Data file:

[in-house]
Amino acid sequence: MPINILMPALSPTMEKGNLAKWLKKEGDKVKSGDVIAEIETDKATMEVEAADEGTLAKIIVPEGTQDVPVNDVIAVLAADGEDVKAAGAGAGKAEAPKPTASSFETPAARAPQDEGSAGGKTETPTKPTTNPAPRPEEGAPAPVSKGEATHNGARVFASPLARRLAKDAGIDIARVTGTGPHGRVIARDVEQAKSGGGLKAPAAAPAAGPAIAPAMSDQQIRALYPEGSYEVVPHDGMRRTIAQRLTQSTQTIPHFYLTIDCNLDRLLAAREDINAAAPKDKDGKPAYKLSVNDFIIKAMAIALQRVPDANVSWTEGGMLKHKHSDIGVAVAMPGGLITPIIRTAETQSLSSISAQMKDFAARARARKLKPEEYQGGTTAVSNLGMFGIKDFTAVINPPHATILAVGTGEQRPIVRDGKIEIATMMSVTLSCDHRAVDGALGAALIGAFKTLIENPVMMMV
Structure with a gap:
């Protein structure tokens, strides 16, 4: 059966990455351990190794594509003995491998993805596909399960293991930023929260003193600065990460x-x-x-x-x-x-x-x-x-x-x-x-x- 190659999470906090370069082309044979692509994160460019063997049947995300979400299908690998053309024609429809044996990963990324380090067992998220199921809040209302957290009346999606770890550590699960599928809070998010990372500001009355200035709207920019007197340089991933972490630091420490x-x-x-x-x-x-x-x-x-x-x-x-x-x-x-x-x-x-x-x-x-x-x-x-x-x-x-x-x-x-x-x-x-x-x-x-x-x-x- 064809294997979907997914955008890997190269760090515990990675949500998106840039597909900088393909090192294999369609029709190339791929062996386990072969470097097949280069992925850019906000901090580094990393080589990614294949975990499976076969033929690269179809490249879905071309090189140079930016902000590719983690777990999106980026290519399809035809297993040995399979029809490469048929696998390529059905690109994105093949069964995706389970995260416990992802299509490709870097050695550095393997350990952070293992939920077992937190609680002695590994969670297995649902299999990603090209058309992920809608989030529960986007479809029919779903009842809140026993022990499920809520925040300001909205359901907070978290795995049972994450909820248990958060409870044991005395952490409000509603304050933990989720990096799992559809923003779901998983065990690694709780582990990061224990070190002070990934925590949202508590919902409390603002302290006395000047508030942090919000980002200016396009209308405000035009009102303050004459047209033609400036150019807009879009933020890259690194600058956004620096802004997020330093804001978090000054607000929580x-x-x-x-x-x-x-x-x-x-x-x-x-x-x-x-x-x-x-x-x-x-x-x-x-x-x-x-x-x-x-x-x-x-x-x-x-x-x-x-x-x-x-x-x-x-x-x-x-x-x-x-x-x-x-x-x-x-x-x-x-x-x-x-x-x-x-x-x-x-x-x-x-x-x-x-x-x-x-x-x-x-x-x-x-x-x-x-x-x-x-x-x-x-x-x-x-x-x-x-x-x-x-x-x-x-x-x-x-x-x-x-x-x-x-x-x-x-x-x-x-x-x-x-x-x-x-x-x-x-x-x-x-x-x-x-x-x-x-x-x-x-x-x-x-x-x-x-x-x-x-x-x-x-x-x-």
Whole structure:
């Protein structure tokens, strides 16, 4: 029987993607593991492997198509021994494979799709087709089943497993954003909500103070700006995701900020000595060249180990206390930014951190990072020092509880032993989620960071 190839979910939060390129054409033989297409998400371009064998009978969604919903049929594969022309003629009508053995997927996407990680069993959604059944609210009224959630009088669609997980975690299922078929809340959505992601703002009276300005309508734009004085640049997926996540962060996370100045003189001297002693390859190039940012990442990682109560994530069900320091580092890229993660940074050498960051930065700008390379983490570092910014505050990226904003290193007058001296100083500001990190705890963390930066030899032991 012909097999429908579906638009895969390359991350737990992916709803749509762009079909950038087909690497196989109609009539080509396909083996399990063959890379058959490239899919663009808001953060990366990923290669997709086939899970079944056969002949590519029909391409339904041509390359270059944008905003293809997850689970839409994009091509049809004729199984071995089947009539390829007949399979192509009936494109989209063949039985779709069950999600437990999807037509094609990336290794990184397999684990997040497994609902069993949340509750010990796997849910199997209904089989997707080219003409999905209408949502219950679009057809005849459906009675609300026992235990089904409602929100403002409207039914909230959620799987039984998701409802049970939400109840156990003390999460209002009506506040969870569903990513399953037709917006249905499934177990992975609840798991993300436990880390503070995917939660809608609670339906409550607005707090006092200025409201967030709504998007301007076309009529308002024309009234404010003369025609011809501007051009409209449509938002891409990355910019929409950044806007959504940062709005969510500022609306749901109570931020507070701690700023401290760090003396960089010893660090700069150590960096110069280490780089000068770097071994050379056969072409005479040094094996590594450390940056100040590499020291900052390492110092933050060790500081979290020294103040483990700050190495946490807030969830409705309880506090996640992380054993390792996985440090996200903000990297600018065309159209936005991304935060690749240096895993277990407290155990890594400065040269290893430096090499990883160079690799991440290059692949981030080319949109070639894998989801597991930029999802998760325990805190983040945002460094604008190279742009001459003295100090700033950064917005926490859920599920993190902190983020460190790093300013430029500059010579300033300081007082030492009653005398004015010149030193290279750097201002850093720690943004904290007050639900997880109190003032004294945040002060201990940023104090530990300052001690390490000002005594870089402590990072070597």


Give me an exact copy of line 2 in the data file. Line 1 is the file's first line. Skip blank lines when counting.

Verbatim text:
Amino acid sequence: MPINILMPALSPTMEKGNLAKWLKKEGDKVKSGDVIAEIETDKATMEVEAADEGTLAKIIVPEGTQDVPVNDVIAVLAADGEDVKAAGAGAGKAEAPKPTASSFETPAARAPQDEGSAGGKTETPTKPTTNPAPRPEEGAPAPVSKGEATHNGARVFASPLARRLAKDAGIDIARVTGTGPHGRVIARDVEQAKSGGGLKAPAAAPAAGPAIAPAMSDQQIRALYPEGSYEVVPHDGMRRTIAQRLTQSTQTIPHFYLTIDCNLDRLLAAREDINAAAPKDKDGKPAYKLSVNDFIIKAMAIALQRVPDANVSWTEGGMLKHKHSDIGVAVAMPGGLITPIIRTAETQSLSSISAQMKDFAARARARKLKPEEYQGGTTAVSNLGMFGIKDFTAVINPPHATILAVGTGEQRPIVRDGKIEIATMMSVTLSCDHRAVDGALGAALIGAFKTLIENPVMMMV